I often notice that at first a thought passes wordlessly through my head at lightning speed, just like a thought, and only then do I form it into a sentence (thus, by the way, limiting it and pushing it into the framework of existing words, so that in some sense language still affects thinking). Remember, something has probably happened to you that is difficult for you to describe in words, but you thought about it.

  4. How I laughed, for example, at the confidence of those who claimed that there is no
    other way of thinking than language! These philosophers did not know that they themselves
    belonged to a certain type of intelligent man, namely, the
    one who is deprived of mathematical abilities. How many times, when I have experienced
    a new revelation and have it indelibly etched in my memory, I have spent hours
    looking for language clothing for it, because it was born in me outside of any
    language, natural or formal.
    In my mind, I called this phenomenon ” the appearance of truth.”
    It is impossible to describe it. What emerges from the depths of the unconscious and
    gradually finds words for itself with difficulty,like nests, exists as
    a whole before it settles down inside these nests. But I would not have been able to give even a hint
    of what exactly this wordless Something appears to me
    (which is preceded by a sharp feeling that the wait
    will not be in vain). For a philosopher who has not experienced it himself, some
    important mechanisms of thinking are arranged differently from mine; for all our
    species similarities, the difference between us is greater than such
    thinkers would like.

    (c) S. Lem “The Voice of the Lord”

  5. Language is essential for the human thinking process. In principle, language is the main tool of thinking, its “engine”, its component part.�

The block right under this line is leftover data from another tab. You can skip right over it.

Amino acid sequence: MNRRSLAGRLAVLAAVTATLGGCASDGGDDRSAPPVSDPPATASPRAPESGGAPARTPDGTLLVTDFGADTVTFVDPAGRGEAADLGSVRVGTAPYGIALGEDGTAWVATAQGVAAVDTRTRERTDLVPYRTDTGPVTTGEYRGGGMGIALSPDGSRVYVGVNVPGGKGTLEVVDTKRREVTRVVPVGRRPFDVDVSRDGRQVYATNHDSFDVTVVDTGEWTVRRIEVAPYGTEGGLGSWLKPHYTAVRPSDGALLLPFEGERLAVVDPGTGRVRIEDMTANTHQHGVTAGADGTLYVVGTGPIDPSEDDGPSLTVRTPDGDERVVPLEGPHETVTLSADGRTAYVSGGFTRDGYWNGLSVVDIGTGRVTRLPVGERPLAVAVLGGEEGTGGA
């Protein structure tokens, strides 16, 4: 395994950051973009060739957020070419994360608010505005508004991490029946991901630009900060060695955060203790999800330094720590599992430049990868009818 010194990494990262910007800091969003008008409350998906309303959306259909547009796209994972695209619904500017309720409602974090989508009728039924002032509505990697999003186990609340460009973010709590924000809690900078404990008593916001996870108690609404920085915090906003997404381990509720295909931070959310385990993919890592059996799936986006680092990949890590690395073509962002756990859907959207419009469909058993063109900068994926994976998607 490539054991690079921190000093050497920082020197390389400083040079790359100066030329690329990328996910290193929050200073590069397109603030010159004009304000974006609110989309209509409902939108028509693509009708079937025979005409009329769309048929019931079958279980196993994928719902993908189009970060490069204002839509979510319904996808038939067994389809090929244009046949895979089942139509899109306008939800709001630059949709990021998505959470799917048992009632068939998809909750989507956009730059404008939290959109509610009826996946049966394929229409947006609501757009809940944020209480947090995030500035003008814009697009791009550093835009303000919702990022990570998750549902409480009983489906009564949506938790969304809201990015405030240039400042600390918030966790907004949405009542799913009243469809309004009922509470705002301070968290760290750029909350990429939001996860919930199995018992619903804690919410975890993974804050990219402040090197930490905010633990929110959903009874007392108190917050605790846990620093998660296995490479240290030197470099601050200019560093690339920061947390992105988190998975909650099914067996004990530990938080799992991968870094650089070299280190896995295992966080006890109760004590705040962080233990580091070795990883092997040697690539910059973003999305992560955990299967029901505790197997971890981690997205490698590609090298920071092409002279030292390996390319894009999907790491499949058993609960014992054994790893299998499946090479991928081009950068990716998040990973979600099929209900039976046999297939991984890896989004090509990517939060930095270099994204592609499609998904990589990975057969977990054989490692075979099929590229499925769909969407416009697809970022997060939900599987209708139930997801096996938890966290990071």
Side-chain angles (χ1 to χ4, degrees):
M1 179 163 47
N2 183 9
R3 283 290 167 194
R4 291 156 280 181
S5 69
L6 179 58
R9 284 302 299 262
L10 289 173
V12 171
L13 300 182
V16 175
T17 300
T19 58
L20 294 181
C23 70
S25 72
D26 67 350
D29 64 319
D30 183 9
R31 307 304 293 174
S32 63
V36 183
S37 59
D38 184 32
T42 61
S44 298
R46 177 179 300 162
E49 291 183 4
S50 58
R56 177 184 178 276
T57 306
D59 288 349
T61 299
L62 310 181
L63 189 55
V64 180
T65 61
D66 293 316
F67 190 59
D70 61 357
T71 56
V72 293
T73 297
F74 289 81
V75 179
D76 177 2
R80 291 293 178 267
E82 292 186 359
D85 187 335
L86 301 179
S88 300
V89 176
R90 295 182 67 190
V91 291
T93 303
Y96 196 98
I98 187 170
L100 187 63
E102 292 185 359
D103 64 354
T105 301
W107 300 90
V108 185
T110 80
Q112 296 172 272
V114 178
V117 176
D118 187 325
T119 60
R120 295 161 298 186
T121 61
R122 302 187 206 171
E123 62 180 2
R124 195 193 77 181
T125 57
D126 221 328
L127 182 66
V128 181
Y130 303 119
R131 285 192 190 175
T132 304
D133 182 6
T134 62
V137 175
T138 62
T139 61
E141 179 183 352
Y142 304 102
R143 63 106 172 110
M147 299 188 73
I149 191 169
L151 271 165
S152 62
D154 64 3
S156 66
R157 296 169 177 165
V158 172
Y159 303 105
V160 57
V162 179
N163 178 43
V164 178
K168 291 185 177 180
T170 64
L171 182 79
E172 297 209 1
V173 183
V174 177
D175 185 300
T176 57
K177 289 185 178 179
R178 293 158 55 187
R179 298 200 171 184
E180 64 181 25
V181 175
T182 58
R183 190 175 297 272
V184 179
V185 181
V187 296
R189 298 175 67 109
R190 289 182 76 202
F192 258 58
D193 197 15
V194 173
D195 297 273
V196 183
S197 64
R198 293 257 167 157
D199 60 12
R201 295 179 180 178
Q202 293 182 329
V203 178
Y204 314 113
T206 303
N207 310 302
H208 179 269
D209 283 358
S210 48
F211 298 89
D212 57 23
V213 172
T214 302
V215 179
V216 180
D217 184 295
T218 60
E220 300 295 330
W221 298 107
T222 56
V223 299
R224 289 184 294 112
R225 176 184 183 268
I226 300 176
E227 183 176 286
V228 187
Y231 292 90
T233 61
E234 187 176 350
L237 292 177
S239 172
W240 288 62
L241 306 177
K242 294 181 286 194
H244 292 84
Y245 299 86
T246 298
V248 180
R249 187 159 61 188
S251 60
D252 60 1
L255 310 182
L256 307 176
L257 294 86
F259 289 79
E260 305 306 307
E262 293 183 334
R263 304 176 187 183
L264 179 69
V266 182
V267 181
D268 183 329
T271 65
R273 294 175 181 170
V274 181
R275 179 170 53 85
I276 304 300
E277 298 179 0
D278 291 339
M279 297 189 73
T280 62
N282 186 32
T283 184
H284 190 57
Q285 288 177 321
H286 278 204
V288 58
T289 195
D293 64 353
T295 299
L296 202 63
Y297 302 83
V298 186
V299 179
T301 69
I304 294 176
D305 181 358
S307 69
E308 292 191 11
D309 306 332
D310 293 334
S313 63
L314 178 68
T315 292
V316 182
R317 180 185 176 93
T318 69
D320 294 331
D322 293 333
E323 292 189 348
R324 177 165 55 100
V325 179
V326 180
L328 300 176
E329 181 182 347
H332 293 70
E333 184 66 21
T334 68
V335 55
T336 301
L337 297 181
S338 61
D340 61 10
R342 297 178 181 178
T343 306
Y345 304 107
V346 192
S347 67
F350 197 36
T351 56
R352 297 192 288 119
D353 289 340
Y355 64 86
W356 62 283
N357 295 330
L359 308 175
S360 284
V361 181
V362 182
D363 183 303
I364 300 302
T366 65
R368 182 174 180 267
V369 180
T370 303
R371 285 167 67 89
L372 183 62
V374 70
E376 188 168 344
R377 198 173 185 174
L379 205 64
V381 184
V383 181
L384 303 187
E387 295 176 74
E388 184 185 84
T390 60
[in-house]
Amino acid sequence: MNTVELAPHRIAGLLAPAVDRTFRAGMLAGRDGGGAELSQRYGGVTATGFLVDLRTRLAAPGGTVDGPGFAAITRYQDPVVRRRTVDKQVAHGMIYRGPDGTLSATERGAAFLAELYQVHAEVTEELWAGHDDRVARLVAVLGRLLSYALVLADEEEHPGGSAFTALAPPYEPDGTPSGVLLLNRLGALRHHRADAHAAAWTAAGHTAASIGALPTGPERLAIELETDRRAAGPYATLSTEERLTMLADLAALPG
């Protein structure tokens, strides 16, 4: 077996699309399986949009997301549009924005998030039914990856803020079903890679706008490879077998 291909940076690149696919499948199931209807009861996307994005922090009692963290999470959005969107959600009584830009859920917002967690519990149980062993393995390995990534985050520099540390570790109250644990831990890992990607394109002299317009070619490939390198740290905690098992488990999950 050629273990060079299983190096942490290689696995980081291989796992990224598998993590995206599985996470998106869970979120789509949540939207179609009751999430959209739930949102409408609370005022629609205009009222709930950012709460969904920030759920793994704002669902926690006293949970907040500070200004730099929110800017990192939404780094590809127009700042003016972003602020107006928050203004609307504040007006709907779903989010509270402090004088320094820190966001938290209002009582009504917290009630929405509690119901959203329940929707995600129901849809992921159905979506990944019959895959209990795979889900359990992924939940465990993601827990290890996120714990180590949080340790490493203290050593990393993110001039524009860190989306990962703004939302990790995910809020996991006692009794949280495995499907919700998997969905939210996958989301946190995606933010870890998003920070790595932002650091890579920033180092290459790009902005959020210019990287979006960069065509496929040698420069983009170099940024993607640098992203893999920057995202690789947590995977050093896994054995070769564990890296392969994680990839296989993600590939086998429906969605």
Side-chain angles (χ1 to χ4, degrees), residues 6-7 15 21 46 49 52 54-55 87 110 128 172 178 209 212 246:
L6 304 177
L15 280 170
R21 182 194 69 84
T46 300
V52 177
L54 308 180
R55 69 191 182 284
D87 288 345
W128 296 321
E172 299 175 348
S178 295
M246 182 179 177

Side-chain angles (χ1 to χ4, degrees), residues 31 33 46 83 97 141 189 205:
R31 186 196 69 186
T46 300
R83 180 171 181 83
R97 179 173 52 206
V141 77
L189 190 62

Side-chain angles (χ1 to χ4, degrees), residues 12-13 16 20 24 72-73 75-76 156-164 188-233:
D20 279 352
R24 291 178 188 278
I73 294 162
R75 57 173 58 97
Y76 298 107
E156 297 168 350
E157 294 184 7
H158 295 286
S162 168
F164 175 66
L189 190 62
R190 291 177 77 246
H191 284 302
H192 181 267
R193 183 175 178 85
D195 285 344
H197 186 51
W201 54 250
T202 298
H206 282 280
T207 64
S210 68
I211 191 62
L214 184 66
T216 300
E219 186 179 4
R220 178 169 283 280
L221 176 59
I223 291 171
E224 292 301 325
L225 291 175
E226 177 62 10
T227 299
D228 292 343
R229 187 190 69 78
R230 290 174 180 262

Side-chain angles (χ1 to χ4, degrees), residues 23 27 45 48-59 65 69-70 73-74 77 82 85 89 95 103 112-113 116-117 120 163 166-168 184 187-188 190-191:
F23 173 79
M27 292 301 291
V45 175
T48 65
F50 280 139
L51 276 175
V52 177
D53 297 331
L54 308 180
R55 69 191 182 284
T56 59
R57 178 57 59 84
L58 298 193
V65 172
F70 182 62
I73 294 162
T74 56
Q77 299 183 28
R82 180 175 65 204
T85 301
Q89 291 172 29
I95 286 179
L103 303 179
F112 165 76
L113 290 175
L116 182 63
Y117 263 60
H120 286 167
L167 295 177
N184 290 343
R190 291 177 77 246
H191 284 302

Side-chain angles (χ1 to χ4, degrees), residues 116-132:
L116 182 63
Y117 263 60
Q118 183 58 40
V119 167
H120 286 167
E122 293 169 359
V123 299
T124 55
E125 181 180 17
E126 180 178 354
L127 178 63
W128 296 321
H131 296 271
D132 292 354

Any word in the human brain evokes an association, an image. Even a word whose meaning is unknown to us, but we know how it is pronounced, written, and heard. Thus, our memory systematically stores “prints” of associative images corresponding to words, phrases, and situations.

    Undoubtedly, images can be stored in memory and not tied to specific words, but all of them can only be obtained based on personal experience – the sensations of our sensory analyzers.�

    Since a person receives almost all of his knowledge in the process of development from the knowledge and experience of the rest of humanity, and only a small part-from personal experience, then a person can get the environment for implementing a full-fledged thinking process only through the use of an information coding system – language.�

    If a child is not taught any way to communicate with other people from birth, then he will grow up mentally retarded and the level of his thinking process will be inferior even to the level of a chimpanzee raised in his environment. People who are deafblind from birth, for example, without upbringing and training, remain at the level of a vegetable.